Elizabeth and I are both partial to yellow crookneck squash, something we didn’t see much of in England. I know that squash plants have a tap root, and are fussy about being transplanted, but I thought I’d give it a go, starting 4 pots during the first week of March.
I planted two plants in early April, a couple of weeks before the last Spring frost date (the last spring frost this year was Feb or very early March). Thinking it’d discourage vine borers, I draped spun-bonded polyester over both of them. They just didn’t seem to thrive under there, and after a couple of weeks, the first plant fell over, with a strange sort of weak stem that didn’t look anything like vine borers (which wouldn’t have been active enough to kill a plant in April).
I planted some more seeds where the first plant had been, and took the Reemay off the other one. The other plant seemed to be doing pretty well, but there was always something funny about the stem. It had funny little gray things living on it, like slug nymphs or something, and there were so many sow beetles (wood lice) that I figured something must be rotten.
The remaining squash plant seemed to have come through last week’s hail storm in pretty good shape ($3000 to repair my Subaru), but we had another storm Friday night. As the overnight guests slowly reappeared after Elizabeth’s party, I wandered out to the garden with a cup of coffee to discover a single casualty from this much milder storm. The photo above shows the stem where it broke right at the ground level. The scarring indicates that there was very little intact stem at the time, which explains why the fruit have been so small.
Cut down in the prime of life, its going to be awhile before we see a squash big enough to saute.
At this point, we’ve had a lot of lettuce, and we’ve snacked on pod peas several times. There’s a veritable wall of traditional English garden peas that should be ready soon, and my taters are in flower. Early Girl is covered with tomatoes, one of which looks like it should start coloring up any day now. Two different varieties of corn are coming up, and I need to start trellising my lima beans this week.
Spring came early this year, it has been uncharacteristically hot, we are 3 inches below our normal rainfall, and now I’m wishing that I’d taken advantage of global warming a couple weeks earlier than I did.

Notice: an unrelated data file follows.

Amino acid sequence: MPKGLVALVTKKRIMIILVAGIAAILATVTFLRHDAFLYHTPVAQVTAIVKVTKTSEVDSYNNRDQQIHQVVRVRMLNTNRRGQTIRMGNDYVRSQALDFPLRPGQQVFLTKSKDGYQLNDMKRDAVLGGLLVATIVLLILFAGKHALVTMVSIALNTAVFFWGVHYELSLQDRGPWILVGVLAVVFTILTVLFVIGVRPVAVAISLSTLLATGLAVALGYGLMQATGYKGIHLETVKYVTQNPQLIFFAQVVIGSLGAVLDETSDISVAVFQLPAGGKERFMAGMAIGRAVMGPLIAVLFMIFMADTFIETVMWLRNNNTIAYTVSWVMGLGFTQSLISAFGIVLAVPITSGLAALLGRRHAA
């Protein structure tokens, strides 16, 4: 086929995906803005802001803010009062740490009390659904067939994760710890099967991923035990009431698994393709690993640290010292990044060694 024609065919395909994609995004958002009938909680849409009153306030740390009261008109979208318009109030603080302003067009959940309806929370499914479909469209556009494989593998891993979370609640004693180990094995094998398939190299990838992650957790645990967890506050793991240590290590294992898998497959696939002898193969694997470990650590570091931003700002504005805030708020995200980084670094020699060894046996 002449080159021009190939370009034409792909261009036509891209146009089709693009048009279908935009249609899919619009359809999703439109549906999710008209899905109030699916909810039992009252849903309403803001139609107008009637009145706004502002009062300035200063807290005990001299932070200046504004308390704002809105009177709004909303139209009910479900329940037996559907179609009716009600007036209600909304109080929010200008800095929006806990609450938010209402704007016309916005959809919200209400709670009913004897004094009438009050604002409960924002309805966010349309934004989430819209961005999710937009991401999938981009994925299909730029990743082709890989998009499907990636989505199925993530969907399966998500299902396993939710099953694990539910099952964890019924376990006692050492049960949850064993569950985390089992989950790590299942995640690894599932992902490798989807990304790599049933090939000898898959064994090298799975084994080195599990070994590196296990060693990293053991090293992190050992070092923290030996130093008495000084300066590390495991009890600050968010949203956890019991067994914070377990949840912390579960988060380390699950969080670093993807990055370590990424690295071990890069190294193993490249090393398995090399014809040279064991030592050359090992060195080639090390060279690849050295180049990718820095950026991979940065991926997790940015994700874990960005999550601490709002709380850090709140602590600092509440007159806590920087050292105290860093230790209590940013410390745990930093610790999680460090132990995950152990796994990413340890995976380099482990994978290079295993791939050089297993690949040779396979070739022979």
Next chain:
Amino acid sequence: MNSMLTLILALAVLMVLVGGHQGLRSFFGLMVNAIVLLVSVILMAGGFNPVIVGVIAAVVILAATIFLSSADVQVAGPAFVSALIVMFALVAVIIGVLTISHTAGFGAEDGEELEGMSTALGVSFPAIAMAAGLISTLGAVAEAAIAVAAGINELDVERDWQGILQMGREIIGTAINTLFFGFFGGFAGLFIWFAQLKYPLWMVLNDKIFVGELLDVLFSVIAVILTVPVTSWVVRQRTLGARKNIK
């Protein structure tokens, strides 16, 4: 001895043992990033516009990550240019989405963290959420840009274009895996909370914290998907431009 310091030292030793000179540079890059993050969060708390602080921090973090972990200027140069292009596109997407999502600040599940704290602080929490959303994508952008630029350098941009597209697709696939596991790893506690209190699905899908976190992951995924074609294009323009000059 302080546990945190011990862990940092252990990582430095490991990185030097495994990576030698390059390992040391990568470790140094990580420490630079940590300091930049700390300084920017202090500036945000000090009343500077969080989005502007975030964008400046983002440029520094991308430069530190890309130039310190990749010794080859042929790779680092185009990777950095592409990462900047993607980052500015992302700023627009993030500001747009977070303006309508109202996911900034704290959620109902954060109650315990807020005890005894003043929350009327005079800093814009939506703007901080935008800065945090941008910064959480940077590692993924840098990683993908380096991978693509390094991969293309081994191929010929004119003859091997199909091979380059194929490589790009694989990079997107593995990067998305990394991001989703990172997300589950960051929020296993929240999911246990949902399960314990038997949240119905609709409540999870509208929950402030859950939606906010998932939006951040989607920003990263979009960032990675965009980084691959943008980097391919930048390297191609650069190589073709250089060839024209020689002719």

I did plant some tomatoes a couple of weeks before what is normally considered the last Spring frost date. Most of my tomatoes are open pollinated heritage varieties, started from seed during the first week of March. I’ve got one hybrid, an Early Girl that Elizabeth bought me in the nursery, which I aggressively planted in early April. Close to 3′ tall, she started setting fruit last week, with the first tomato about 1.5″ in diameter right now.
She’s flanked by the first of 4 of the ones I started from seed. Under black paper ‘mulch’ and surrounded by 5′ cages, they are thriving in this hot and sunny spring, and Old German should start blooming any day now.
A pair of ground cherries can be seen on the left. I started them at the same time as the tomatoes, and their growth has been painfully slow. I don’t know how big they will eventually get, but I’m assuming they will not become as big as a tomato, even though they are related.
Two weeks ago, which was two weeks after planting the first group of tomatoes, I decided that all danger of frost was past, and the second group of heritage tomatoes went in. Also planted under black paper, they are currently only about half the size of the first group. The plant density is a little bit on the high side, but with a plot of potatoes going in this year, I didn’t want to complicate rotation over the next couple of years by sprinkling nightshades all over the garden. I also didn’t want to throw anything away, so I planted all of my indoor starts, which was 2 of everything but one of the Mortgage Lifters, which suffered an unfortunate re-potting accident.
This is the first time I’ve tried potatoes, but after what seemed like a very slow start, the 4×4 plot in the back is filling up nicely with 4 different varieties.
The plot I started the first week of March is doing well. I’ve been snacking on 2 different kinds of radish for a couple of weeks.
The sugar snap peas have been blooming for a couple days, and I snacked on a couple of early pods yesterday. I decided a couple of days ago to start harvesting lettuce, and now it is looking like it might bolt before I can finish it.
The adjacent plot has some arugula that has been doing great, but that hardy green is flanked by two pathetically feeble attempts to grow lambs lettuce. Rapunzel, let down your roots! Incredibly slow to germinate, neither the Vit nor Green Jade are anything to brag about. The peas in the back are traditional English garden peas, which look healthy enough, but haven’t started to bloom yet, and I’m concerned about the heat.
My third 4×4 of greens is doing even worse. It has been 5 weeks since I planted the first 8-10 squares, and so far, my germination rate is awful. Unlike the early March plot above, I’d very carefully fluffed up and composted this one. The chicken wire was in place from the beginning, keeping out the birds, and I put a cardboard shield across the top whenever it stormed. I’ve regularly hand-watered this lovely little plot to keep the seeds moist, and there is precious little to show for all that attention. So much for trying to keep a fresh supply of lettuce throughout the Spring. I think I’ll need to shade these plants soon.
I started 4 squash plants at the same time as my tomatoes. I know that squash don’t always transplant well, but I wanted to get a jump on the season with some of the yellow squash that Elizabeth and I prefer over green zukes. I put two plants out at the same time as the first set of tomatoes, and put Reemay over the top to keep the borers away. I’m not sure they liked being under spunbonded poly, and the other plant died of stem failure (NOT borer damage). This plant had some damage to the stem also, but seems to be doing much better, and has visibly grown in the 2 days since I took this picture. Today it has a very distinct female bud and a male bud that might bloom tomorrow.